Customizing WordPress GraphQL with custom fields

If you've used WordPress for a while, and have ever wanted to add custom metadata to a post, such as a caption/subtitle for example, this can be done with something called "custom fields". However, enabling them in WordPress doesn't mean they're visible to a static site using GraphQL to fetch data from WordPress.

What is a static website?

A "static" site is a site made of code that doesn't change once it's built. Think of it as a book: after printing, the content doesn't change. This has many advantages over dynamic sites such as WordPress:

  • Speed: Since the content doesn't change, multiple copies of the site can be stored on multiple servers, so that the user gets served from the closest server, reducing latency.
  • Better SEO: As the content can be served served quicker without having to use javascript, your website can be higher up in search results
  • Security: The site doesn't contain databases visible to users which they potentially gain access to, and other vulnerabilities.

For a while, having a static site meant that whenever you want to change anything, you would have to manually go through each HTML file and edit each change manually. This has changed with the arrival of services such as Next.js and Gatsby, which can retrieve external data and create HTML files from them at build time.

I personally have a Next.js website with WordPress as the CMS. They interface with WPGraphQL, a plugin for WordPress creates a GraphQL API. GraphQL is an open source data query language originally developed by Facebook.

How to add custom fields in WordPress

Enabling custom fields is fairly simple. From the post editor, click on the three dots on the top right and head to Preferences > Panels.

The post editor preference pane

Once you do this, you need to reload the page to apply the changes, and the custom fields appear underneath the post content (I spent quite a while trying to find them in the sidebar, to no avail). There may already be a custom field or two, such as mine which has a classic-editor-remember field, to remember if I last used the WordPress block editor or the custom editor on my post, I believe.

Custom fields on the bottom of the page

Making custom fields visible to GraphQL

Once you've added your custom fields, it's time to make them visible to the GraphQL API. In a nutshell, GraphQL serves data through a type: each type has a set number of fields (these fields aren't the same as WordPress custom fields!) that can be populated so that you know what to expect in the data. For example, a post type could have the following fields:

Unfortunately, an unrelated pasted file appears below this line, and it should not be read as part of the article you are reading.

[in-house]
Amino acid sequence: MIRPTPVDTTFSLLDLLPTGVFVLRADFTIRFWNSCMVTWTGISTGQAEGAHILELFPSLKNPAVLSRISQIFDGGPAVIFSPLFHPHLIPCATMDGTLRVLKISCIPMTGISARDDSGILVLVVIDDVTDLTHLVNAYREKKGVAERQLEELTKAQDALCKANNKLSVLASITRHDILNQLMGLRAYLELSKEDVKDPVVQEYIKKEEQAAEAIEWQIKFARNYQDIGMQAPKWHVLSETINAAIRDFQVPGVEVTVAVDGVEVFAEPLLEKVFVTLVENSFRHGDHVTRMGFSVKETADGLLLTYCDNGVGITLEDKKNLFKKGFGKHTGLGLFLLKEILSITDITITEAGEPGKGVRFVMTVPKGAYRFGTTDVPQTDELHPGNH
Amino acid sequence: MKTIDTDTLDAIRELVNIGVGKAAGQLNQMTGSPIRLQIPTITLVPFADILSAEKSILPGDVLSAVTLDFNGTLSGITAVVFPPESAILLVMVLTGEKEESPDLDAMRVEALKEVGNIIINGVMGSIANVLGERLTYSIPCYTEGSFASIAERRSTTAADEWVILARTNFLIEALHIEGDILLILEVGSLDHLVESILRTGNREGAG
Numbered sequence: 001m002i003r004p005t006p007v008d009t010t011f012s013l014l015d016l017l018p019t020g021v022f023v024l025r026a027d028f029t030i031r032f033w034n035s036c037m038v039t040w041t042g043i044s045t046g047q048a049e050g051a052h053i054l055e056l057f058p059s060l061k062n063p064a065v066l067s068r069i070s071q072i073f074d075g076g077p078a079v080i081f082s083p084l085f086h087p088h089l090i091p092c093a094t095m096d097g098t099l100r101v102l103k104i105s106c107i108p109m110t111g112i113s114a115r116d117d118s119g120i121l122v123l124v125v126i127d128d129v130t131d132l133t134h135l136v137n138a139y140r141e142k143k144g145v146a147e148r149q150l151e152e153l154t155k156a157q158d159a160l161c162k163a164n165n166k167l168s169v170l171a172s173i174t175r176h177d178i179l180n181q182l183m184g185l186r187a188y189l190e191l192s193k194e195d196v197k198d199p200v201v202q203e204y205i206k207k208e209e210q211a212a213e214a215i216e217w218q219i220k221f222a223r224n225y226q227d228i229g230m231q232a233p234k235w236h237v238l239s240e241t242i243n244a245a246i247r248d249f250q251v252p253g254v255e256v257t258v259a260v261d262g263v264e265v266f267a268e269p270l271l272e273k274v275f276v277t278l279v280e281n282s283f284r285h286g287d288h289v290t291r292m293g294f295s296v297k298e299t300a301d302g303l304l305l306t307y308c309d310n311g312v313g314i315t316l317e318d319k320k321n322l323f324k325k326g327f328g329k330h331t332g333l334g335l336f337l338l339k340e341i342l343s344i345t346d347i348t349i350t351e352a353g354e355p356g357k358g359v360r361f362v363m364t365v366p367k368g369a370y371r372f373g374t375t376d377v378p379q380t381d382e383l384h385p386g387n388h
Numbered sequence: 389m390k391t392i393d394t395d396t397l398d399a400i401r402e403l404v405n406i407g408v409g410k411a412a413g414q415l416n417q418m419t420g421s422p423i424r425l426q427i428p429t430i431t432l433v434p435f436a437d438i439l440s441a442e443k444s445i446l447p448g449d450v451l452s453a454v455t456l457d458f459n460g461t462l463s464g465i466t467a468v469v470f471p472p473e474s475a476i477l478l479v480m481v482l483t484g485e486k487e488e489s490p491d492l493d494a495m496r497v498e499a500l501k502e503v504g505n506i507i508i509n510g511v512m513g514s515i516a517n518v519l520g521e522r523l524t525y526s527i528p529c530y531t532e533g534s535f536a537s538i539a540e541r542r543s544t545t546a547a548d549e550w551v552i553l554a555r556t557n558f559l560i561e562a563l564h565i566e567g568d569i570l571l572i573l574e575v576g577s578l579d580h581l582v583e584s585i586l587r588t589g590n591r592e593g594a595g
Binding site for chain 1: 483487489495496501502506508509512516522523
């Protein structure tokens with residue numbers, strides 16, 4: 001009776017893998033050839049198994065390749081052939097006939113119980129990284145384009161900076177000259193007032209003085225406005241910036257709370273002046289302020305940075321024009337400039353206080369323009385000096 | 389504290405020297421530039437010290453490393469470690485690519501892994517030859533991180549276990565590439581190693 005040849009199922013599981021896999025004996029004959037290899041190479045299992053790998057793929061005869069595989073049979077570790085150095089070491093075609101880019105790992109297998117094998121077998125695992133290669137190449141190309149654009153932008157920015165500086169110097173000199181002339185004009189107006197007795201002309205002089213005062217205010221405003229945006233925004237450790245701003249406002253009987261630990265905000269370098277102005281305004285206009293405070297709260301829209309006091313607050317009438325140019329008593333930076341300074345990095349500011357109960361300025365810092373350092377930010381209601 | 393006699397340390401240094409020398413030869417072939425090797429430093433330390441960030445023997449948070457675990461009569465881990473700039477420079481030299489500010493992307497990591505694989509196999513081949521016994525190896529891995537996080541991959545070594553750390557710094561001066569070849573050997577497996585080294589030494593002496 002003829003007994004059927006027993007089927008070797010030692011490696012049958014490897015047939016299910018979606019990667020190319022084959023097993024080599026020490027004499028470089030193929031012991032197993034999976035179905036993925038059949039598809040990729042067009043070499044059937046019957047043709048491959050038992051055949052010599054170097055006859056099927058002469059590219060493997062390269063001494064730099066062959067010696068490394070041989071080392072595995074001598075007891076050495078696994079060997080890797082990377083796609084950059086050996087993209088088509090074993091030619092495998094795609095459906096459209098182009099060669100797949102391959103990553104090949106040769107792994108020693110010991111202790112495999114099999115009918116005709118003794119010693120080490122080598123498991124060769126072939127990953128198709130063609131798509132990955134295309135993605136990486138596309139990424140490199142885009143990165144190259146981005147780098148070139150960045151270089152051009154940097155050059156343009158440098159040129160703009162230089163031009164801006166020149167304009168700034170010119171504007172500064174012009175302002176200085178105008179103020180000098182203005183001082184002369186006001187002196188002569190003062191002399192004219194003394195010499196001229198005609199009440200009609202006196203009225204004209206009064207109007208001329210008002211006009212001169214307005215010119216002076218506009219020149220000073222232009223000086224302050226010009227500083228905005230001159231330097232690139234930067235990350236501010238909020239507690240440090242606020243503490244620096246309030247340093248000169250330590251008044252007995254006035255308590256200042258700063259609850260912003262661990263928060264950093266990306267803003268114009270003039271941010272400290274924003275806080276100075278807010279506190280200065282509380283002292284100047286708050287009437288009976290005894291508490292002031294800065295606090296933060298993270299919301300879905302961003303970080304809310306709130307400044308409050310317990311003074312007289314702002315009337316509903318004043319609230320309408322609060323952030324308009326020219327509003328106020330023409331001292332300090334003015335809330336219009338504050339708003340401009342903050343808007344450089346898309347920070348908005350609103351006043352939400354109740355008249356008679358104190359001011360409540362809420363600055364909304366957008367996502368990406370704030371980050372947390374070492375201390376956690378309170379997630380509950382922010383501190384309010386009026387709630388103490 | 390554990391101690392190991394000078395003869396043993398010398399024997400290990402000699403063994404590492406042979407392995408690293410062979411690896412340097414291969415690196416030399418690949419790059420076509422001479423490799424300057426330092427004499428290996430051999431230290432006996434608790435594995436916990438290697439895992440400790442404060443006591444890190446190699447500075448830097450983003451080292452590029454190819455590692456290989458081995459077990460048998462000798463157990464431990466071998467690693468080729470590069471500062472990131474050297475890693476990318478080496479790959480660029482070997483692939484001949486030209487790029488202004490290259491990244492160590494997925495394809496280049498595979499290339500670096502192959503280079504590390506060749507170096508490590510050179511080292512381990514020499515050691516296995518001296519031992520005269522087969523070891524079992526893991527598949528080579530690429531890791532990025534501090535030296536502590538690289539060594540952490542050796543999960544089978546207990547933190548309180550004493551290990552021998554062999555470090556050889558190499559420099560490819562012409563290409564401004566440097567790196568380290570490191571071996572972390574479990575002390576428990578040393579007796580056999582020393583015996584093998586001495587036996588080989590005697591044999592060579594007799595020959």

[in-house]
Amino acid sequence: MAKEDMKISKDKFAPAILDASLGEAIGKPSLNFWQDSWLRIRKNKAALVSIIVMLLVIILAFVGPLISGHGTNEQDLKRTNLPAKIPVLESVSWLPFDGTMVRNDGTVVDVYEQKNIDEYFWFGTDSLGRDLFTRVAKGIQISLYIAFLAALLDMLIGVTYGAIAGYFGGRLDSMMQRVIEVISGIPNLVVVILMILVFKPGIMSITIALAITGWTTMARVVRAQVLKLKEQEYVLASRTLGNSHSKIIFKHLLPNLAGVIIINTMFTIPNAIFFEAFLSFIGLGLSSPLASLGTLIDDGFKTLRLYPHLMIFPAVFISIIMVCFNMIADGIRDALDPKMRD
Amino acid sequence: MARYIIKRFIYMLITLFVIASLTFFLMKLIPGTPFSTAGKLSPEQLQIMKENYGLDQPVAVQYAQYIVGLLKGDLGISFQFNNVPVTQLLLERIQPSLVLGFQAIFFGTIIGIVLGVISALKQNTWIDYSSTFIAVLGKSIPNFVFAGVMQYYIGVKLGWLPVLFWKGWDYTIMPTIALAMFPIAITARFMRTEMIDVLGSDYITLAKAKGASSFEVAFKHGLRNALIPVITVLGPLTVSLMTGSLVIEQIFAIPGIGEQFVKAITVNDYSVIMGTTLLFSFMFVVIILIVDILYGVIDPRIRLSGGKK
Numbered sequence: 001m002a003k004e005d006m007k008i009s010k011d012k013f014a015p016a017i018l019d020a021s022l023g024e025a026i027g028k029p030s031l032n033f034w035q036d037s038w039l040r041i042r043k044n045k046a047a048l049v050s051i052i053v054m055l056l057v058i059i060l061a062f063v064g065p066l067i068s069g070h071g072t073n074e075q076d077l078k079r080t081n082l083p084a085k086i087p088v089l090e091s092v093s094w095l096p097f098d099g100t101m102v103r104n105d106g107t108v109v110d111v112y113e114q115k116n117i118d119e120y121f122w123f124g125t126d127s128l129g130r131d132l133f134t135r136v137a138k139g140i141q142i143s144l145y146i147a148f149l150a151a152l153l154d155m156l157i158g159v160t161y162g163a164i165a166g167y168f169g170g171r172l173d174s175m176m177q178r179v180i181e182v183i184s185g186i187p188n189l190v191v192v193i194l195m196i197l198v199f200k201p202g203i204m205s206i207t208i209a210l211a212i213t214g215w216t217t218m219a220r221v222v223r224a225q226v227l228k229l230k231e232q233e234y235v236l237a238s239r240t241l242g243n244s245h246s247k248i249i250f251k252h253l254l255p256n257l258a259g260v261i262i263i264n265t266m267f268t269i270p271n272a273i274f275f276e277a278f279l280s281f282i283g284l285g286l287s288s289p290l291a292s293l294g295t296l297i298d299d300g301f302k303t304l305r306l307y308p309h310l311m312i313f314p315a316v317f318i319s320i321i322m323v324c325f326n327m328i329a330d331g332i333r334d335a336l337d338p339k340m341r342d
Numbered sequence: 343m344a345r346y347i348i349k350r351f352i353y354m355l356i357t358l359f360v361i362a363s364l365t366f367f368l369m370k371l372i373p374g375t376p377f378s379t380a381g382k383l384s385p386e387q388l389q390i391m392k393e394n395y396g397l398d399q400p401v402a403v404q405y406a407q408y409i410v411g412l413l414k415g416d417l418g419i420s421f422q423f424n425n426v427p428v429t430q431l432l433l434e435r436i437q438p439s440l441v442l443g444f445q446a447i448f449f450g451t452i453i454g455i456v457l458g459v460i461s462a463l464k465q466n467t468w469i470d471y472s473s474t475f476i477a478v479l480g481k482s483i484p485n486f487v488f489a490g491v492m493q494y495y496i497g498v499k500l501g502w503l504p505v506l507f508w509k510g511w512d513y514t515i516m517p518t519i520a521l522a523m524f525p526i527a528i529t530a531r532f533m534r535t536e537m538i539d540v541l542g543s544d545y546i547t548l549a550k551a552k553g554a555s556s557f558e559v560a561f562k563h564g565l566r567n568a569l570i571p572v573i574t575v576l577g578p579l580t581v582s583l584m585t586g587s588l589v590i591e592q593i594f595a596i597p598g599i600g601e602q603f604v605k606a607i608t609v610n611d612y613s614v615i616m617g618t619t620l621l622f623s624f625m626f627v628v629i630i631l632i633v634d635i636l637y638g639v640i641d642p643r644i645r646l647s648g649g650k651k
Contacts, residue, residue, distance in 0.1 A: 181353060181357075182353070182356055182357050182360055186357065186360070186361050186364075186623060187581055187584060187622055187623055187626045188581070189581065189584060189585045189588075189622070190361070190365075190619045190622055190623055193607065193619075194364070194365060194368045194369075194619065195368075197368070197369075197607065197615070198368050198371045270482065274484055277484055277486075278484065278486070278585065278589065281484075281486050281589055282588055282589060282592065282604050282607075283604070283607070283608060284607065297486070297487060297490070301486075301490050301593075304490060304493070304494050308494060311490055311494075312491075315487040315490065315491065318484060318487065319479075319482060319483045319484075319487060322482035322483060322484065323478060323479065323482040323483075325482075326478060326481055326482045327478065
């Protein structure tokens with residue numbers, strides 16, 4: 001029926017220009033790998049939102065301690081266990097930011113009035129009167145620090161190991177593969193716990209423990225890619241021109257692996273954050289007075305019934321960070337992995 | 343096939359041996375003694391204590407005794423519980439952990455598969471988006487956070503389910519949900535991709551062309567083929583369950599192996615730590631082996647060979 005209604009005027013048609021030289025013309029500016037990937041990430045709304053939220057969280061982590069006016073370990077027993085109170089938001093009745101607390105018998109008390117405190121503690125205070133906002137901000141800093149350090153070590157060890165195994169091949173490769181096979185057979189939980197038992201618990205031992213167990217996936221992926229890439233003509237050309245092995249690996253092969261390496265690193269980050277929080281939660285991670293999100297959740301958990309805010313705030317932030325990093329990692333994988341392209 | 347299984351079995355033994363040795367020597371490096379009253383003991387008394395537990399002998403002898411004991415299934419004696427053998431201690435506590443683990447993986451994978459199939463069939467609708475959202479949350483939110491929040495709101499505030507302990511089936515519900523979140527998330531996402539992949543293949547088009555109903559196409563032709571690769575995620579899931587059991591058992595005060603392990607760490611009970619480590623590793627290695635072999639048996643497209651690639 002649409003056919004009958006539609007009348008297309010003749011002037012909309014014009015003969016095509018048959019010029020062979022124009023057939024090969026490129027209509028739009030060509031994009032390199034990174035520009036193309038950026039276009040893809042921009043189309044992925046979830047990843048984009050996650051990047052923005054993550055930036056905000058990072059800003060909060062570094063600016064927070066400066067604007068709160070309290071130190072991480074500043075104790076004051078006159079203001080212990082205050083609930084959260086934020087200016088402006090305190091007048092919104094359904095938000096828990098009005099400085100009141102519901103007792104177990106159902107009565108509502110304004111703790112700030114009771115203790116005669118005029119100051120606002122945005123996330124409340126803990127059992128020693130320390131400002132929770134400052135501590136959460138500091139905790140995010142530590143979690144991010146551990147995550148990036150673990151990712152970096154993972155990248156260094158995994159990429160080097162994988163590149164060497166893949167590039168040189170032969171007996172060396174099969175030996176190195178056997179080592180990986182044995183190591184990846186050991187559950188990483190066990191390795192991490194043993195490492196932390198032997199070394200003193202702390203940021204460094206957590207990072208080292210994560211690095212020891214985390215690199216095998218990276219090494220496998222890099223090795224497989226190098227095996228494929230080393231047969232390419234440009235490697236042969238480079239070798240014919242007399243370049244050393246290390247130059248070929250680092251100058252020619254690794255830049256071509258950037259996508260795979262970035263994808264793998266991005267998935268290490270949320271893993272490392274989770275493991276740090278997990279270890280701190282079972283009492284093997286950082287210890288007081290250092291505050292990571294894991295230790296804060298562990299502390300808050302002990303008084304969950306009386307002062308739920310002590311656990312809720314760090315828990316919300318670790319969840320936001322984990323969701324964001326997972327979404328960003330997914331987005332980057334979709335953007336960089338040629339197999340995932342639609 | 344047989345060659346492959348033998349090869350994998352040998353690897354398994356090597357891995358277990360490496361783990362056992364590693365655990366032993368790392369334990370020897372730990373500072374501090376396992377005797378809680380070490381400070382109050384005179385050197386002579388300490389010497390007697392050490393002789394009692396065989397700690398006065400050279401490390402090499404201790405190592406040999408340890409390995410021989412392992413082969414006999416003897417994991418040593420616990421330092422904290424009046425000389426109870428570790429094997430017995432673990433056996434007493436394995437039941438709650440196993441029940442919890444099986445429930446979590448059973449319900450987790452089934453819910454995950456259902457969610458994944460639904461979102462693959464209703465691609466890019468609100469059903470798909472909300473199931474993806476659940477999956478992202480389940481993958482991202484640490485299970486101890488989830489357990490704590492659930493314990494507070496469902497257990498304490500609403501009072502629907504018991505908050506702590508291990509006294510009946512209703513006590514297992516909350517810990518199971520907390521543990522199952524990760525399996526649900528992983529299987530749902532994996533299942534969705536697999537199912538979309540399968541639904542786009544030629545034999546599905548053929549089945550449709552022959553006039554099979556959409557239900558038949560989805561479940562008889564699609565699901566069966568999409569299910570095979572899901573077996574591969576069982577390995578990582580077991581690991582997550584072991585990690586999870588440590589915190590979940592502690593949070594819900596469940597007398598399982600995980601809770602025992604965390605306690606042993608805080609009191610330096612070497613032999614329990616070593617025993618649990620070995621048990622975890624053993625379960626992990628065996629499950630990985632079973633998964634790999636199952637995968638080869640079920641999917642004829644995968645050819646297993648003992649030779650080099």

• Title
  • Content
  • Description
  • Author
  • Published date
  • Last modified date

In order to make the custom fields appear, the post type has to be changed to reflect the new field.

To do this, there's a bit of PHP involved to add this as a field type in GraphQL.

I found that the best way to do this was via the WordPress admin panel, by editing the theme PHP files with the Theme File Editor. To do this, go to Themes>Theme File Editor. I had the Hello Elementor theme preinstalled with my version of WordPress, which is of no importance since I only use the WordPress website as a CMS, the website part visible to users is implemented with Next.js.

The theme file editor

Next, go to the relevant functions.php file (in my theme it's called elementor-functions.php). This is where we're going to add the code relevant to adding a GraphQL field. I wanted to modify the post type to add a caption field.

This is the code I added to do so:

/* *
 * Custom fields for WP Graph QL
 * */
add_action( 'graphql_register_types', function() {
  register_graphql_field( 'Post', 'caption', [
     'type' => 'String',
     'description' => __( 'The caption of the post', 'wp-graphql' ),
     'resolve' => function( $post ) {
       $caption = get_post_meta( $post->ID, 'caption', true );
       return ! empty( $caption ) ? $caption : ";
  ] );
} );

Be careful modifying WordPress PHP files! If you do something wrong, it could muck up the whole site and prevent even the admin panel from showing, even something as small as a syntax error, such as a forgotten semicolon. Make sure you have a backup of your WordPress site before making any changes!

The function runs when GraphQL is compiling its types, and we're registering a new caption field to the post type. To fetch the data, we're querying the caption field on a WordPress post with a known ID, using the built-in function get-post-meta. Finally, if there is no caption on a given post, we return an empty string.

In order to test that the new field works on the post type, WPGraphQL comes with a built-in IDE to test queries. In the WordPress admin panel, head to GraphQL > GraphiQL IDE, and input the following query in the left pane:

query AllPosts {
  posts(first: 20, where: {orderby: {field: DATE, order: DESC}}) {
    edges {
      node {

The above code fetches the last 20 post ordered by date, and it fetches the title, excerpt, date and caption custom field. If everything works, it should retrieve the data and display any captions you've added to posts on the left pane when you click the "Play" button. If there is an error mentioning an unknown field type, it means the PHP code you entered for the custom field is not being recognized. This might mean that the functions.php file is the wrong file. I had two -functions.php files in my theme files, and the first file I added the code into resulted in an error, so I added it to the second file.

PHP Code – https://master–



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